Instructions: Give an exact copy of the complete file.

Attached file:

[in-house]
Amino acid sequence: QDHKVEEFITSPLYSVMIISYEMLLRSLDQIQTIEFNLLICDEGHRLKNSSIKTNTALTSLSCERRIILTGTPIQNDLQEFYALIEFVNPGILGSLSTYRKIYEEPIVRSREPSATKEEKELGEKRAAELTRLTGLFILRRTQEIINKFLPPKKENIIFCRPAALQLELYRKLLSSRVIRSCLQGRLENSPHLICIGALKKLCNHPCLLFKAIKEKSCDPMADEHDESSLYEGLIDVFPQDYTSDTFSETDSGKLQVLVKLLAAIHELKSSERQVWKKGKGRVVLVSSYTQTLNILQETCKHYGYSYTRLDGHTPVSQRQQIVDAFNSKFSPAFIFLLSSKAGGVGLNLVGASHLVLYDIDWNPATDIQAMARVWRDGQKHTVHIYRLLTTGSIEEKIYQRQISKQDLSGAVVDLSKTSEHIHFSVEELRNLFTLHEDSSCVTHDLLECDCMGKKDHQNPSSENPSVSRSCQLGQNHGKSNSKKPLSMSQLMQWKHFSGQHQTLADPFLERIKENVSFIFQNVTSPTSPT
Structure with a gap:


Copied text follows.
[in-house]
Amino acid sequence: QDHKVEEFITSPLYSVMIISYEMLLRSLDQIQTIEFNLLICDEGHRLKNSSIKTNTALTSLSCERRIILTGTPIQNDLQEFYALIEFVNPGILGSLSTYRKIYEEPIVRSREPSATKEEKELGEKRAAELTRLTGLFILRRTQEIINKFLPPKKENIIFCRPAALQLELYRKLLSSRVIRSCLQGRLENSPHLICIGALKKLCNHPCLLFKAIKEKSCDPMADEHDESSLYEGLIDVFPQDYTSDTFSETDSGKLQVLVKLLAAIHELKSSERQVWKKGKGRVVLVSSYTQTLNILQETCKHYGYSYTRLDGHTPVSQRQQIVDAFNSKFSPAFIFLLSSKAGGVGLNLVGASHLVLYDIDWNPATDIQAMARVWRDGQKHTVHIYRLLTTGSIEEKIYQRQISKQDLSGAVVDLSKTSEHIHFSVEELRNLFTLHEDSSCVTHDLLECDCMGKKDHQNPSSENPSVSRSCQLGQNHGKSNSKKPLSMSQLMQWKHFSGQHQTLADPFLERIKENVSFIFQNVTSPTSPT
Structure with a gap: